Late-season ice run

I had a lot of fun on the ice over the past week. I’ve spent the past 10 days ice-fishing, and have been enjoying the last run for the season.
It’s one of my favourite times of the year because the weather is so pleasant, the days are long, and the fishing is very good.
I have had a group of friends up from Minnesota and we’ve been taking advantage of all the awesome multi-species action Sunset Country has to offer. We caught walleyes, pike, whitefish, lake trout ,and crappies—both numbers of fish and some really big fish of all species.
This is prime time to be on the ice.
It’s no secret that when the snow melts and sunlight makes its way to deeper water, fish begin to move to predictable locations. Spring-spawning fish like pike, walleyes, and crappies move towards to spawning locations.
Cold water species like lake trout and whitefish, on the other hand, are beefing up on forage before they bust a move to deep water for the warmer summer months.
Among the group that came up fishing this past week were good friends Dan Lindner and Jeremy Smith, and we filmed a few segments for their TV show “Lindner’s Angling Edge.”
We followed the famous formula coined by Dan’s father and uncle, Ron and Al Lindner (Fish + Location + Presentation = Success), for all of the species we targeted and used it as the basis for our success.
We made a move from fishing walleyes on the traditional humps and main lake structures, and found them staging outside of spawning areas in much shallower water than they have been in all winter.
Not only did we score numbers of eating-size fish, we also caught a number of large fish up to eight pounds, like the two caught by regular fishing partner, Dean Howard, on Monday night.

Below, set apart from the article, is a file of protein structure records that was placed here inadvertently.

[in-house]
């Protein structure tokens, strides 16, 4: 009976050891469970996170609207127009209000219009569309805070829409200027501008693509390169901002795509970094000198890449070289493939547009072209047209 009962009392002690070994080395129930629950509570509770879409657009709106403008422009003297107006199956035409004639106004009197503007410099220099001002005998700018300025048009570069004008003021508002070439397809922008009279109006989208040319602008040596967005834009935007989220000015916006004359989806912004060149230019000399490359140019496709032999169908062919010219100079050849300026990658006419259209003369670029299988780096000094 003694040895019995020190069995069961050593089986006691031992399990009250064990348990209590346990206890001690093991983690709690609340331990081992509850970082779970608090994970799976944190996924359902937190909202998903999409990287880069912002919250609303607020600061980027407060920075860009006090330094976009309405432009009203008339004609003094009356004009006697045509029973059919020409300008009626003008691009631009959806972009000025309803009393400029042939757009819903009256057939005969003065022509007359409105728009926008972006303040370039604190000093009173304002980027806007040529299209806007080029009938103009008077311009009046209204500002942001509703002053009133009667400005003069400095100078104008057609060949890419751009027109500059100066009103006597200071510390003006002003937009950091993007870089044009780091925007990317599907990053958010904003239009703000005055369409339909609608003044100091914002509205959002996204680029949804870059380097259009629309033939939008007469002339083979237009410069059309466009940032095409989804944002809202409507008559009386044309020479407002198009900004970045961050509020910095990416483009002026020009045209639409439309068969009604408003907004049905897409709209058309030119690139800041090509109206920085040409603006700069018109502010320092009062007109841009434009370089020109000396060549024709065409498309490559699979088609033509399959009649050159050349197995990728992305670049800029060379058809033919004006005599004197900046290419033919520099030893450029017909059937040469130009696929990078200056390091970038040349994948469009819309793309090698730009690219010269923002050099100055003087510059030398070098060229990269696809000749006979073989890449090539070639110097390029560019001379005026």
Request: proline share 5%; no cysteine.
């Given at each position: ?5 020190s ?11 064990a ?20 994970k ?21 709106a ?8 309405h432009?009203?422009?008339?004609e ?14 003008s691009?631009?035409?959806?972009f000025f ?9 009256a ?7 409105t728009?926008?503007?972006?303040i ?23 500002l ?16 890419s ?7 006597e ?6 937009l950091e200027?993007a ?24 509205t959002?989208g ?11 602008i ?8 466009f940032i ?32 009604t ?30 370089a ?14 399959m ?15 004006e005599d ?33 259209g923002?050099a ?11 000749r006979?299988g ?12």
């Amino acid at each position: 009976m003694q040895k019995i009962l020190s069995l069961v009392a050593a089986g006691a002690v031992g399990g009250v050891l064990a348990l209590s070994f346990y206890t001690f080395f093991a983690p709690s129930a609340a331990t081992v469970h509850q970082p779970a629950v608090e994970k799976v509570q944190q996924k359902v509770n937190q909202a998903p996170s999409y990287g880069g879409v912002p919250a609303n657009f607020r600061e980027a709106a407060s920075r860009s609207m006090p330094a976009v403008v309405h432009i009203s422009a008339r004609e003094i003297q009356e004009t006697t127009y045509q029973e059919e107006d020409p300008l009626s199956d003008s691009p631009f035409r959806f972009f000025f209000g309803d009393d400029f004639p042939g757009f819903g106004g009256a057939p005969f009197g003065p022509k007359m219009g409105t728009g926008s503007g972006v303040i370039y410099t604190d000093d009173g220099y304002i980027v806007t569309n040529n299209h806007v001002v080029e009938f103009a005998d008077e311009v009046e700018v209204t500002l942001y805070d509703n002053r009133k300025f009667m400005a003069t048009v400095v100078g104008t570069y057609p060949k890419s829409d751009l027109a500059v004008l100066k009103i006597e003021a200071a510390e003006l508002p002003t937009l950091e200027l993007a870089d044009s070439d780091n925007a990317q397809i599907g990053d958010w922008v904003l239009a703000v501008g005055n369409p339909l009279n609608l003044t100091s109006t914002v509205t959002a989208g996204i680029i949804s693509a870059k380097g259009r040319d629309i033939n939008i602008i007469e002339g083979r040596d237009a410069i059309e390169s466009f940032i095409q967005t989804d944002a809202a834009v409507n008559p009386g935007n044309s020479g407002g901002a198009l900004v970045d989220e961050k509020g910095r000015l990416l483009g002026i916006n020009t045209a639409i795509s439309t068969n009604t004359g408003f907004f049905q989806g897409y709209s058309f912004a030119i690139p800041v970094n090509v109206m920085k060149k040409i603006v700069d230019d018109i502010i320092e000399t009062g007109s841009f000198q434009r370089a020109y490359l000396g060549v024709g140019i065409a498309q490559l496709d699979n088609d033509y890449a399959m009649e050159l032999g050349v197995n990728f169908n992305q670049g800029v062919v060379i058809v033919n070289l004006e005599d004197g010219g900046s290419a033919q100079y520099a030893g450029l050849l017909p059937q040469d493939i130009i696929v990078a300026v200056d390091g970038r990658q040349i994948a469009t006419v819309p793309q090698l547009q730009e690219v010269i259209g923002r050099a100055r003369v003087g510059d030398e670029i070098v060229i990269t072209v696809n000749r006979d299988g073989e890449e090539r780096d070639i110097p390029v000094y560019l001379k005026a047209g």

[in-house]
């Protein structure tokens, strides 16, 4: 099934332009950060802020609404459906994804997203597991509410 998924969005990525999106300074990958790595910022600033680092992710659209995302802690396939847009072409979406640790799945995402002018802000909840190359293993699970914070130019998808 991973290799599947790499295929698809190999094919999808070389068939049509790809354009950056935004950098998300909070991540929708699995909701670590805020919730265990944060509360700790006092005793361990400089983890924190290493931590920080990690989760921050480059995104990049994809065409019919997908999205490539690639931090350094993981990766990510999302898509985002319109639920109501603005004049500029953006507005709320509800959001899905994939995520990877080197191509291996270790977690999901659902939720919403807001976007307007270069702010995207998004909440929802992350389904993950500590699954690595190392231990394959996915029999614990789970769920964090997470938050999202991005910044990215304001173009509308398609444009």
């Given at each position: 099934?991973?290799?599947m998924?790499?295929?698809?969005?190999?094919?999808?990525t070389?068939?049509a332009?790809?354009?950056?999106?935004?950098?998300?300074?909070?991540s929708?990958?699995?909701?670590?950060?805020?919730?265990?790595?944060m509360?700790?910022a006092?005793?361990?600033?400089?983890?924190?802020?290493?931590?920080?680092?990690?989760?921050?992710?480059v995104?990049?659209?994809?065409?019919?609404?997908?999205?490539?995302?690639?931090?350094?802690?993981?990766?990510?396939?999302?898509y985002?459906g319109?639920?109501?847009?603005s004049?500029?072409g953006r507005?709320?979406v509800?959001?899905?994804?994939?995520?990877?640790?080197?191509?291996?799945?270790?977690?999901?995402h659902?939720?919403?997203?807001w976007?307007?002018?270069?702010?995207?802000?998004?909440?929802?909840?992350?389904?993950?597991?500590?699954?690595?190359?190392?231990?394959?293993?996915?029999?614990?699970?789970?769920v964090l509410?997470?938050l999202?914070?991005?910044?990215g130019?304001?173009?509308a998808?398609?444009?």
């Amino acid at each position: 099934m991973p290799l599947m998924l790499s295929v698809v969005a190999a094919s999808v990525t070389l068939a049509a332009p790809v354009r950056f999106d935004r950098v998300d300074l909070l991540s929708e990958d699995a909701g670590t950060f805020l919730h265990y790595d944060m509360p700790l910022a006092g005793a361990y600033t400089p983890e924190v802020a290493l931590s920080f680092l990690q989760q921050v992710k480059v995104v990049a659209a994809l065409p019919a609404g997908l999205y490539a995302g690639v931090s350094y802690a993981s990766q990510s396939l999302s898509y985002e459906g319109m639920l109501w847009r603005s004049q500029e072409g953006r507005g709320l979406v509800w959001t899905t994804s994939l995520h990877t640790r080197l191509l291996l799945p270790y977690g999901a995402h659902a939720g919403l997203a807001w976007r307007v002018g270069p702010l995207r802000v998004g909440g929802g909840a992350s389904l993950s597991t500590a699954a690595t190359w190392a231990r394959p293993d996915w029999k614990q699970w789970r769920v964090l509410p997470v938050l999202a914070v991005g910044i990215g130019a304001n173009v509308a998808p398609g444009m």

Big walleyes are prime spawners so these locations put us in touch with more of them than we’ve seen all winter.
To select for larger fish, we used bigger baits and imparted more action into our jigging stroke to get their attention.
Pike spawn in shallow, weedy bays (the bigger, the better). We set up tip-up rigs just outside of these bays and popped a few giant fish—some of the biggest pike I’ve ever had my hands on.
The largest was between 43-45 inches long and the mid-20 pound range. It ate a large, dead cisco about a foot off the bottom in 15 feet of water and put up a big fight.
We filmed a TV segment for crappies that ended up being very successful, although the day started out tough.
We went to a favourite spot that I have not fished in weeks, but one that consistently coughs up a good bite. The fish, however, were not where we normally find them.
We used power augers to drill a lot of holes and eventually we found a large school of crappies a couple hundred yards away from where we normally find them. They were moving towards shallow bays, where they will spawn a few weeks after the ice goes out.
When we found them, they were aggressive and ate larger-than-normal artificial baits. We did not need to use any live bait at all.
We had success with lake trout and whitefish on predictable, large main lake structures where they were corralling baitfish and feeding heavily.
Points and humps with sharp drop-offs, where the fish could push bait up against rock walls, were the best spots.
Again, we used artificial baits like plastic tubes and jerkshads, lipless rattle baits, and flashy spoons, and totally skipped using any meat at all.
The fish wanted to eat, so we did not need to use bait.
Although we are running out of time on the ice, we likely have a few more days to get in on some of the best fishing action of the entire year.
Just be careful and don’t take any chances. I would not recommend truck travel on any waters anymore.
Fortunately, we have plenty of great waters in Sunset Country that are easily accessible to anglers walking out and, believe me, there are some great places where you can catch big numbers of fish.
If you feel like the ice is not safe, it probably isn’t so again, don’t take any chances.

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